Ecommerce has come a long way in China in a decade, and Chinese online shoppers should be considered among the most sophisticated in the world. In this blog we outline the opportunity for US brands who are looking to expand into China and grow their sales in one of the world’s largest international markets.
A snapshot of China’s growing economy
China’s growing economy provides a huge opportunity for brands looking to expand into new markets, and shows no signs of slowing down. In fact, online sales of consumer goods rose by 14.8% in 2020 according to official figures, now making up about one-quarter of total retail sales. With a rising population who are accustomed to shopping online, even the Chinese government has put in place plans to target further GDP growth of more than 6% in 2021.
Chinese ecommerce is dominated by three big players Alibaba–which runs Tmall, Tmall Global, and Taobao–JD.com, and newer entrant Pinduoduo. In addition to this, smaller specialist marketplaces have sprung up to be expert in particular product categories, and larger brands tend to have a Chinese direct-to-consumer site as well.
Tmall’s worldwide reach
Boasting 779 million annual active consumers in China in 2020 alone, Tmall–owned by parent company Alibaba–has been able to retain the top position for share of Chinese ecommerce sales with its constant focus on innovation and improvement. With circa 60% market share in China, the marketplace acts as a first port of call when searching for products and product content.
The domestic and cross-border versions of Tmall are both available to Western brands. Those with a business entity in China can use the domestic version of the marketplace. Those without a local entity are encouraged to use Tmall Global and trade cross-border.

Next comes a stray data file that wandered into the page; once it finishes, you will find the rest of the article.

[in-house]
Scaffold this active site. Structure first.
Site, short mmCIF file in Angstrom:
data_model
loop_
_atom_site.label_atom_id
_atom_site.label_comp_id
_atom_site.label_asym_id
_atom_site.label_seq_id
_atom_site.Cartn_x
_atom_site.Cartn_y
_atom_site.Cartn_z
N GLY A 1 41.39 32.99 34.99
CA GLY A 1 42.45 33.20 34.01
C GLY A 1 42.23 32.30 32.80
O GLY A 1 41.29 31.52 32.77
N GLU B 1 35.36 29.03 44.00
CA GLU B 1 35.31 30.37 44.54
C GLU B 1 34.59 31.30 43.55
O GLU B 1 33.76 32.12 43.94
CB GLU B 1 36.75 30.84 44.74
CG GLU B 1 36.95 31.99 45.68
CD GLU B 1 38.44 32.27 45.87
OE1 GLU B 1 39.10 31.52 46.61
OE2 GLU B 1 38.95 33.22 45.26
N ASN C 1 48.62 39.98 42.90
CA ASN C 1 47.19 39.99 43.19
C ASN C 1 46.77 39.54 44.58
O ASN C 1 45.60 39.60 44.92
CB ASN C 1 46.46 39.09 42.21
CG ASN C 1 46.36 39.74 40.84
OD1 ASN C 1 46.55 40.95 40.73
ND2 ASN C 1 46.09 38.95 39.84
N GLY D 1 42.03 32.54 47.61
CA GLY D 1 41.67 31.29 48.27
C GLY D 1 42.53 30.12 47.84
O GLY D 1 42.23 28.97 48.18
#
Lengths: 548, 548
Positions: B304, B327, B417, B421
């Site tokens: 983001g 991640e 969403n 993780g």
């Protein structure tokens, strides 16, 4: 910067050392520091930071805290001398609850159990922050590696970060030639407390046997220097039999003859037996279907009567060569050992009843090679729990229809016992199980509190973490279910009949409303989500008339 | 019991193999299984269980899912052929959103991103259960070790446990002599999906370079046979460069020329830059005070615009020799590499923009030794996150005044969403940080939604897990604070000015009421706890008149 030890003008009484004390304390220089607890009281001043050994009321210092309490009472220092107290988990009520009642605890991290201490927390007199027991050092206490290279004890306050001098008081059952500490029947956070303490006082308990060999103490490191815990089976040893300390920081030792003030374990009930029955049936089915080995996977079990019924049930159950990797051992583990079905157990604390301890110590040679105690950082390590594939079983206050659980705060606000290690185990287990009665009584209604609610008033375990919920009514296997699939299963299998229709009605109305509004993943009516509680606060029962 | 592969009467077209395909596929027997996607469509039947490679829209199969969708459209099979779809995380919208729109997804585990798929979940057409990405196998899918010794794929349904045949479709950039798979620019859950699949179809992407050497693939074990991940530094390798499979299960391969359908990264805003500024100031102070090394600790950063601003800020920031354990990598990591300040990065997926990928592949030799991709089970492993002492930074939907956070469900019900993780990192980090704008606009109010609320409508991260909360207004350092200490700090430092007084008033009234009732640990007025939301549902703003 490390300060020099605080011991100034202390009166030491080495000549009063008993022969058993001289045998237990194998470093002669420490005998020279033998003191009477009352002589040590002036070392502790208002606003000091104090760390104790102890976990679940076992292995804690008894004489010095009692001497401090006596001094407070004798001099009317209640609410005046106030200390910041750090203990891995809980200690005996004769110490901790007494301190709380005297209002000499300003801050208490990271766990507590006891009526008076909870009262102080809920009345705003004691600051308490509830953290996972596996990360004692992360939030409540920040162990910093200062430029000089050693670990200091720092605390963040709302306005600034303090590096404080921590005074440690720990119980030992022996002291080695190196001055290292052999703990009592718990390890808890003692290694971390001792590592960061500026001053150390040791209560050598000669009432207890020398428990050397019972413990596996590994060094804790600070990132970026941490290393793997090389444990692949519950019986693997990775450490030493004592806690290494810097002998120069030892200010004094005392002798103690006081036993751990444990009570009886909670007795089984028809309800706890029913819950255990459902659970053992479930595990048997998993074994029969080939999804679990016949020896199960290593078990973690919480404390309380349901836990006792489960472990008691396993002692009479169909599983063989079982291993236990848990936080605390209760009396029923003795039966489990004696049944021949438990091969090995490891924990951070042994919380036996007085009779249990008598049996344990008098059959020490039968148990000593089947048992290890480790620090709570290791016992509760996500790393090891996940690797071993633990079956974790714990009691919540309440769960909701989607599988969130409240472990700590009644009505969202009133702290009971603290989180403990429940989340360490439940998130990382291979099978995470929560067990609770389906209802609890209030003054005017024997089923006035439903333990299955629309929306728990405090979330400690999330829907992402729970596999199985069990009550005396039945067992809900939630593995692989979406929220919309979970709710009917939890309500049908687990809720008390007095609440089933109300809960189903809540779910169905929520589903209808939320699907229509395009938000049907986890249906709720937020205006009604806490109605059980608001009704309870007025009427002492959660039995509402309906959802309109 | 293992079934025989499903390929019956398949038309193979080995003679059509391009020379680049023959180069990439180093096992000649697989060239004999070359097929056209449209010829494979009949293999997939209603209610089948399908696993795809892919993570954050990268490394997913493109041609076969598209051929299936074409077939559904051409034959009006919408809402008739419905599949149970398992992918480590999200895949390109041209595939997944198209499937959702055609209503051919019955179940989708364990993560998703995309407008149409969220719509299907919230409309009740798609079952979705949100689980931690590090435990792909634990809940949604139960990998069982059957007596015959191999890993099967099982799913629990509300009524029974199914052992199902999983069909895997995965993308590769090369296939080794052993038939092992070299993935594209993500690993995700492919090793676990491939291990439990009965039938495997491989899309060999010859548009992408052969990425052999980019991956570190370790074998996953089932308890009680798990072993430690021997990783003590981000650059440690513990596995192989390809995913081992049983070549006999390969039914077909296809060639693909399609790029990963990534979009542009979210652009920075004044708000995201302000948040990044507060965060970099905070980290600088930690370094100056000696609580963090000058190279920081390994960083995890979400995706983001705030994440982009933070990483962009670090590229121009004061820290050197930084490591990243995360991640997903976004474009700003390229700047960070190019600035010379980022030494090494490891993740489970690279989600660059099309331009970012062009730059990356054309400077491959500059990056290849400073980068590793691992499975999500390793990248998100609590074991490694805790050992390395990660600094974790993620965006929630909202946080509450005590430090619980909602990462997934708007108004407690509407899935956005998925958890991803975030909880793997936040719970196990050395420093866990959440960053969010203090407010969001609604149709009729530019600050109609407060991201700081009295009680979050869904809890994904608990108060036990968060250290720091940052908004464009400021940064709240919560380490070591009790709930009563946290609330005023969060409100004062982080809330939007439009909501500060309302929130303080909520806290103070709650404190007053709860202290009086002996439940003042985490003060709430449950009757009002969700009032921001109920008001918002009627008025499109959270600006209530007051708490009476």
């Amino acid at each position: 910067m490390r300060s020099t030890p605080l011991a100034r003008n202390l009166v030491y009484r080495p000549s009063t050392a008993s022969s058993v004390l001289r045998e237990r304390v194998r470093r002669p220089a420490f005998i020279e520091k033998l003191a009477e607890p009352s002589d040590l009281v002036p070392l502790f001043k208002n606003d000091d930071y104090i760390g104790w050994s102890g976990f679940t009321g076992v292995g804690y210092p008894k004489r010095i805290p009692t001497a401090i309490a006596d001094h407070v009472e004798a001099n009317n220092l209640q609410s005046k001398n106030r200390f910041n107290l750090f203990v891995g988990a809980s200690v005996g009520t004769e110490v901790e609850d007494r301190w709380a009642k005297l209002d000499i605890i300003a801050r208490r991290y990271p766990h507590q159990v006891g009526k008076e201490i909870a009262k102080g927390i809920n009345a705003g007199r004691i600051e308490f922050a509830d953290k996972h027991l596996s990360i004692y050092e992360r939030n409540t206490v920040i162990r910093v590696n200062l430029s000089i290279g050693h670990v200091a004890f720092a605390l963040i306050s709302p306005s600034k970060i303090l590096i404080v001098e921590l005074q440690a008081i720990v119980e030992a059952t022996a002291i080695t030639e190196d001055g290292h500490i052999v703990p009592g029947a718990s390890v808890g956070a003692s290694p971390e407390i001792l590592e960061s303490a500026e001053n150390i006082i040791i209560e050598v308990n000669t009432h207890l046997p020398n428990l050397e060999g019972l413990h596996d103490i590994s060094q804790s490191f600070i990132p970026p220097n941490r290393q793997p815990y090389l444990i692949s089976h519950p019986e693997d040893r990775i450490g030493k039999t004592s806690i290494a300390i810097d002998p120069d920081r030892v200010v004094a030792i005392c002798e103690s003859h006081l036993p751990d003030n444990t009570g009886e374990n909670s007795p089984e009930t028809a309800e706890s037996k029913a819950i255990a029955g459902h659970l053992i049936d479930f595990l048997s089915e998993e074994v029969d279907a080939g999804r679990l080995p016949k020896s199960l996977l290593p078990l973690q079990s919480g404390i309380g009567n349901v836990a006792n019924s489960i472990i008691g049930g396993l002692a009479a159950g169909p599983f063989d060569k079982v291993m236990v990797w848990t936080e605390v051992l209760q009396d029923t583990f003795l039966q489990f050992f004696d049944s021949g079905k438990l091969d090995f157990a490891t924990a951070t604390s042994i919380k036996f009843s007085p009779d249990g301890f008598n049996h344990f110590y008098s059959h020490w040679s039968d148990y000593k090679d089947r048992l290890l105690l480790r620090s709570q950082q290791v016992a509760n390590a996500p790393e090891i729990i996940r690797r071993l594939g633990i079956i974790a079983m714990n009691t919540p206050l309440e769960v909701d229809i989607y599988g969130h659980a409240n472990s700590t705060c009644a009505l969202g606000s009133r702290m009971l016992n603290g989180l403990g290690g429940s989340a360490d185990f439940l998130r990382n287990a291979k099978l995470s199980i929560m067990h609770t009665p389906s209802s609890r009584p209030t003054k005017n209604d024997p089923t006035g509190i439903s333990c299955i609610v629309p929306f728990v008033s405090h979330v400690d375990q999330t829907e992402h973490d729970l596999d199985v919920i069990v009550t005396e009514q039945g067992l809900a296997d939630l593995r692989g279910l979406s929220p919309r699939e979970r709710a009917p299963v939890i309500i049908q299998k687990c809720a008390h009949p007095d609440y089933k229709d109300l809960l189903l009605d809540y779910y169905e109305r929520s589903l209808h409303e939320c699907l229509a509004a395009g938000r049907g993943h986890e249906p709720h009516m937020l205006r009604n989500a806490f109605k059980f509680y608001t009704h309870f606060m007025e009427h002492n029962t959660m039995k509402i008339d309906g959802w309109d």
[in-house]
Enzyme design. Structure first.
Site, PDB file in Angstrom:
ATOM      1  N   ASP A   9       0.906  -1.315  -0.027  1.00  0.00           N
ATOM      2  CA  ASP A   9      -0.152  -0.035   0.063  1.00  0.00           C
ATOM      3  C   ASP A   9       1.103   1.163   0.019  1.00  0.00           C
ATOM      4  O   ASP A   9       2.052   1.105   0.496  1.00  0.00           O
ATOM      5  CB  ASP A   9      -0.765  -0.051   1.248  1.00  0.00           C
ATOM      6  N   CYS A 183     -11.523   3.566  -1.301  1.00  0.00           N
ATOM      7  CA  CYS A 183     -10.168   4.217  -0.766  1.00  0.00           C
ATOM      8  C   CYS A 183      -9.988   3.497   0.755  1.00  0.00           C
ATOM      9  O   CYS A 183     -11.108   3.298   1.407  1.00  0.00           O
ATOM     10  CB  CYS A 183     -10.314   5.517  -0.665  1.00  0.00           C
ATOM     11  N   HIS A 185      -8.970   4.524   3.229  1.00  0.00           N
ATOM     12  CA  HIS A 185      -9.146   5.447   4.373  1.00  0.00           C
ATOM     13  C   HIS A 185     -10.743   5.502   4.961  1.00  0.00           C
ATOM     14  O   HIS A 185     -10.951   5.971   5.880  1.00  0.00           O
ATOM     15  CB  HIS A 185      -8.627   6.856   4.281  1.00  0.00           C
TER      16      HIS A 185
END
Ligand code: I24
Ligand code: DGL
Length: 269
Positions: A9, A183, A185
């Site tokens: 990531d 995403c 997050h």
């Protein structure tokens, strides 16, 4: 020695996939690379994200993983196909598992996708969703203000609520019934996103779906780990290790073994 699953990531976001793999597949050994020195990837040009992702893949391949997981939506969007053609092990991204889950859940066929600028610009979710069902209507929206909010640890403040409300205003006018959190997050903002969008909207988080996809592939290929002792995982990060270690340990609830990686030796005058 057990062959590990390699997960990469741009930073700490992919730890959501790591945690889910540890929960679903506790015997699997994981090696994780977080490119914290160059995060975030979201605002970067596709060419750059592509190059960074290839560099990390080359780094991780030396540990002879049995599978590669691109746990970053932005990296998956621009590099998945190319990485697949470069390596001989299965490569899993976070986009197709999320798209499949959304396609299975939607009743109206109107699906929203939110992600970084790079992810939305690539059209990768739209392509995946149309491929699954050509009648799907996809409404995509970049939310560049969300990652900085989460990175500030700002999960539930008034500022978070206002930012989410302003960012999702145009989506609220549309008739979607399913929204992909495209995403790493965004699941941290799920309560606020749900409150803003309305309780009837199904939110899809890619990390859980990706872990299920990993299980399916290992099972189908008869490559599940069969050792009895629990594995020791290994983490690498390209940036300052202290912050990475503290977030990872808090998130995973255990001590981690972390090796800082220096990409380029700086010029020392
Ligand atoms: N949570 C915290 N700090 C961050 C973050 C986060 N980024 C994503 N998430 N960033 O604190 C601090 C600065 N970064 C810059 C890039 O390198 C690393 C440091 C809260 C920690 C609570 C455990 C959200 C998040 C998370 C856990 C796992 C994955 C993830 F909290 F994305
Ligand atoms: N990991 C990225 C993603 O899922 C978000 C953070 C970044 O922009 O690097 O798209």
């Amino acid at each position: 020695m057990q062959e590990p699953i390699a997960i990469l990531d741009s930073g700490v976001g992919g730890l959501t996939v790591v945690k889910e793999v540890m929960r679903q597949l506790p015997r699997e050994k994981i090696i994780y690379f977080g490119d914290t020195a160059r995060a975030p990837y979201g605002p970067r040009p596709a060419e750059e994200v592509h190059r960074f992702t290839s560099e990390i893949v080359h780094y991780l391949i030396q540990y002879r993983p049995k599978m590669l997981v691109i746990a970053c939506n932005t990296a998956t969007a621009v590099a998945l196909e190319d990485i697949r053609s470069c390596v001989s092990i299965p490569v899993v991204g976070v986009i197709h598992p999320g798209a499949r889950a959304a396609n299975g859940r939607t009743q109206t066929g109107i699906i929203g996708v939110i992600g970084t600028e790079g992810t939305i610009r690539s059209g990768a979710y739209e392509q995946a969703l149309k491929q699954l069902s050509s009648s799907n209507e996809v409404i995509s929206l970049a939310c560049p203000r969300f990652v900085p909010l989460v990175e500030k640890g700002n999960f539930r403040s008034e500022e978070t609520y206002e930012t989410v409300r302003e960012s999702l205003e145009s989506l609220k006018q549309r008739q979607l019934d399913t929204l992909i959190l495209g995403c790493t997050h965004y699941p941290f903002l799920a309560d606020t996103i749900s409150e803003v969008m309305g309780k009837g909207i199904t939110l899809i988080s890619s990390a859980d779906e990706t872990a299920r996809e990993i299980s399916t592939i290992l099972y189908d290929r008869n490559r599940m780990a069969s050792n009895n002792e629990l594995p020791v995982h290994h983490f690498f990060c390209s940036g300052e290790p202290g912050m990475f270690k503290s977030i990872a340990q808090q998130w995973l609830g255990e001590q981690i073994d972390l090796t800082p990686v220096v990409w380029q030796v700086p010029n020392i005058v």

Selling cross-border on Tmall Global
At the height of pandemic lockdowns across the globe last year, many brands rethought their ecommerce approach and turned to China, a resilient market post-coronavirus and a driver of global consumption. Tmall has worked hard to add brands and merchants to the cross-border platform as a pull for more users, and during 2020 the number of brands trading on the platform increased by 60%.
To support this growth, Alibaba has created several initiatives to help brands pick up the pace of digital transformation in the market. Alibaba has created warehousing in Western markets so brands trading cross-border can store their product at home–and Tmall exports the product to China when the order is placed. For new brands starting out, this can be cheaper than arranging warehousing for cross-border orders in Hong Kong, and will also likely mean orders are received more quickly than if the brand is shipping orders from its home market to Chinese consumers itself.
Learn more about how to successfully grow your business in the China market
China’s scale and willingness to embrace online shopping makes it an attractive market to expand to for USA and UK brands. While this is true, there can also be reasons why this market may be difficult to crack. Entering China requires significant investment in brand awareness and acquisition marketing, as well as a willingness to take a longer-term view on breaking even.
In our upcoming webinar, we’ll discuss key components to prepare for branching into the China market, launching onto Tmall, marketing techniques on both Tmall and other external drivers, trading and marketing KPIs, and finding the right trade partner.
Throughout the webinar there will be opportunities to ask any questions you have regarding growing your business in the China market, launching on Tmall, and other questions around going international.
To learn more, Register Now for our webinar: Accelerate Your International Presence–China, or request a demo and get started today.